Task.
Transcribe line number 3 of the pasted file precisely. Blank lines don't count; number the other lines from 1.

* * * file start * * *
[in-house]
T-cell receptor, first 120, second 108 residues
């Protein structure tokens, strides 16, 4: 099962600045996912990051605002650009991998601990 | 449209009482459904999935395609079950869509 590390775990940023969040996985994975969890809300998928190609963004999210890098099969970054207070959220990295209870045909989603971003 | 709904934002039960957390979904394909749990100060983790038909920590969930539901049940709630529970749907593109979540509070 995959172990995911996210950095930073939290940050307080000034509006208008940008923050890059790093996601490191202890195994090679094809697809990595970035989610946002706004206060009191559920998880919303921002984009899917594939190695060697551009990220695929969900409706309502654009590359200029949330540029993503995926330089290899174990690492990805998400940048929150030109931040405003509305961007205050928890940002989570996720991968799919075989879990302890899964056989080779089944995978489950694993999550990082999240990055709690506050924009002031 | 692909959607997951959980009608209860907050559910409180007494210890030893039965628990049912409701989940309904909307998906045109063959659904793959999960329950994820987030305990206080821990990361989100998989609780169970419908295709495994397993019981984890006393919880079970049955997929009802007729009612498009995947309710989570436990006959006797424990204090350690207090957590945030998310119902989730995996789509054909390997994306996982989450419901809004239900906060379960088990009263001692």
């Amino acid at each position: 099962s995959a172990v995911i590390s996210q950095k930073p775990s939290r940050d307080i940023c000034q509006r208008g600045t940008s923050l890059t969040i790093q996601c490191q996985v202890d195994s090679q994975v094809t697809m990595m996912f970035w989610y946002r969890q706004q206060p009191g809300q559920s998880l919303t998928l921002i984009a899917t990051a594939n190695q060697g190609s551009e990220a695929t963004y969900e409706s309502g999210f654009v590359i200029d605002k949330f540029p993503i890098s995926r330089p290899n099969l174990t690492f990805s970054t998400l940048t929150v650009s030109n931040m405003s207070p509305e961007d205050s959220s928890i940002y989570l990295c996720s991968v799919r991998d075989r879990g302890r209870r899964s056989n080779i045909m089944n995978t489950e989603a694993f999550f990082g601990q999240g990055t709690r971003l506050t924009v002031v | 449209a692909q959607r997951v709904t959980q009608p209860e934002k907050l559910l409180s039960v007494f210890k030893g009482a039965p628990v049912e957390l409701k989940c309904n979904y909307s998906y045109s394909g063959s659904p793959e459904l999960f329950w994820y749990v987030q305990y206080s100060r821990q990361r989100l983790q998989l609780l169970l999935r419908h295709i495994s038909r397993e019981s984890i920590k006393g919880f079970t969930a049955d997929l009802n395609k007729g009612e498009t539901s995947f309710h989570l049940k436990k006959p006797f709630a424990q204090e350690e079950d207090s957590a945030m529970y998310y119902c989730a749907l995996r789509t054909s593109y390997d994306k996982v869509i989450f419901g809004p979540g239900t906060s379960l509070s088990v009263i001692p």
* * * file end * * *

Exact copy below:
């Protein structure tokens, strides 16, 4: 099962600045996912990051605002650009991998601990 | 449209009482459904999935395609079950869509 590390775990940023969040996985994975969890809300998928190609963004999210890098099969970054207070959220990295209870045909989603971003 | 709904934002039960957390979904394909749990100060983790038909920590969930539901049940709630529970749907593109979540509070 995959172990995911996210950095930073939290940050307080000034509006208008940008923050890059790093996601490191202890195994090679094809697809990595970035989610946002706004206060009191559920998880919303921002984009899917594939190695060697551009990220695929969900409706309502654009590359200029949330540029993503995926330089290899174990690492990805998400940048929150030109931040405003509305961007205050928890940002989570996720991968799919075989879990302890899964056989080779089944995978489950694993999550990082999240990055709690506050924009002031 | 692909959607997951959980009608209860907050559910409180007494210890030893039965628990049912409701989940309904909307998906045109063959659904793959999960329950994820987030305990206080821990990361989100998989609780169970419908295709495994397993019981984890006393919880079970049955997929009802007729009612498009995947309710989570436990006959006797424990204090350690207090957590945030998310119902989730995996789509054909390997994306996982989450419901809004239900906060379960088990009263001692």